The draft Kent and Medway Health and Social Care Sustainability and Transformation Plan (STP) was published on 23 November 2016.
An STP update was presented to the Board at the last meeting in April 2017. This included the screening of a video in relation to the Medway Model and an overview of the Case for Change document. Due to concerns with regard to the purdah period ahead of the general election, a proposed presentation on service models was deferred until the next Board meeting.
The update on the Kent and Medway Sustainability and Transformation Plan (STP) was introduced by the Accountable Officer of NHS Medway Clinical Commissioning Group (CCG). A presentation was given to the Board, the key points of which were as follows:
· An increasing population would increase demand for health and social care provision. Residential and nursing home provision was a challenge although provision was improving.
· Many individuals treated in hospital beds could be better cared for elsewhere if suitable provision was available.
· Health and social care was facing significant financial pressures and also had to contend with an ageing workforce and workforce shortage in key areas e.g. GPs.
· Transformation would take place around four key themes – prevention, system leadership, productivity and enablers.
· Public engagement was due to take place over the summer in relation to plans for the transformation of local care.
· Local care transformation would include increasing the emphasis on self care and enabling more people to be treated locally. There was an initial focus on the complex elderly frail as care for this group was not as good as it could be. This group represented 12% of the population but utilised 32% of resources.
· Other focus areas would be younger adults and children with complex needs.
· There were eight different local care interventions which were embedded in the Medway Model, with engagement taking place to establish how a single point of access to care in Medway could operate.
· GP practices would be encouraged to work in clusters serving between 30,000 and 50,000 people in order to improve GP availability.
· Text message appointment reminders were freeing up 800 GP appointments each month.
· Stroke services in Kent and Medway were currently too fragmented with services being delivered at too many sites for care to be delivered as effectively as possible. Less than 50% of stroke patients were currently receiving thrombolysis within 60 minutes of calling for professional help.
· A seven day consultant led specialist stroke service was due to be in place by autumn 2017. There was a need to provide services at fewer sites, to bring together different types of stroke provision and to ensure that ambulances were able to transport patients directly to stroke units. A consultation was due to take place regarding proposed changes to stroke services.
· The Medway, north and west Kent areas were working together to develop a hospital strategy.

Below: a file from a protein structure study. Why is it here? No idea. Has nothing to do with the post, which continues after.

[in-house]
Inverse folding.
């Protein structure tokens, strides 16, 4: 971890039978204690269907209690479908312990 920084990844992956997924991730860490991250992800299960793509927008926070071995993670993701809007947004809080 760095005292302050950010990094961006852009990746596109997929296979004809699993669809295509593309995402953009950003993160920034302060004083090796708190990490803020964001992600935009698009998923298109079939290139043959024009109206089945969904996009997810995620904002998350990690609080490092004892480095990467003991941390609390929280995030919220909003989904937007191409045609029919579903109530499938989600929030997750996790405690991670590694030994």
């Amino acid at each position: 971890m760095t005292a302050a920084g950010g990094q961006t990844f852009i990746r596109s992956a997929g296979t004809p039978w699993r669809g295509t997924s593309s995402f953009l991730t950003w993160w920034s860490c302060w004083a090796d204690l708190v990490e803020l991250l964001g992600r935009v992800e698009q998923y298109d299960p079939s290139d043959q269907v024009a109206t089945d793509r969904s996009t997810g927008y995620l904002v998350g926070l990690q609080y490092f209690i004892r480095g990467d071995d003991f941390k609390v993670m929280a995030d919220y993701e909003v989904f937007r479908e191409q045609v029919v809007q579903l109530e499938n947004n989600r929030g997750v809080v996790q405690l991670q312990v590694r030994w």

The Board raised a number of points and questions which were responded to as follows:
Third Party Service Provision – Providers of third party care services were commissioned by the Council. Each one had a service specification, with a range of quality control measures being utilised. It was suggested that this be discussed further following the meeting.
Incontinence – The ‘I can’t wait card’ did not have any official status but it would be useful for awareness of it to be promoted. The Clinical Chair, Medway NHS CCG undertook to find out how people could obtain the card and how many people currently had one.
Use of out of area mental health beds – In response to a Board Member who had seen a news report stating that Medway was the worst performing local authority area in the country for placing mental health patients in out of area beds, the CCG Chief Operating Officer said that a significant number of patients had been placed outside Medway in the previous year but that this had now been virtually eliminated. A Member said that mental health provision for Medway residents should be provided within Medway.
Work was taking place on the development of a Medway Mental Health Strategy and it was anticipated that this would be presented to the Board at the September 2017 meeting.
A range of care professionals provided mental health care with communication between these professionals being important. Specialist geriatricians and care co-ordinators had a role to play in improving patient care. The CCG had invested to support the rollout of the EMIS information system to all local GP practices. This facilitated the sharing of patient records between practices. The healthy living centres would provides access to a range of professionals in a single place, with it being anticipated that specialist dementia staff would be available in the future.
GP appointments/Local Care Model – A Board Member said that the reductions in the number of missed GP appointments achieved through the text messaging reminder service was a good achievement and that this should be promoted to raise awareness of the issue. The Member also considered that the local care model outlined in the presentation could lead to some people being provided with either too little or too much support. The CCG Accountable Officer emphasised the need for medical professionals to work together in extended practices and said that system change was needed regardless of the STP process.
The Board noted the update provided on the Kent and Medway Health and Social Care Sustainability and Transformation Plan and commented on the presentation given at the meeting.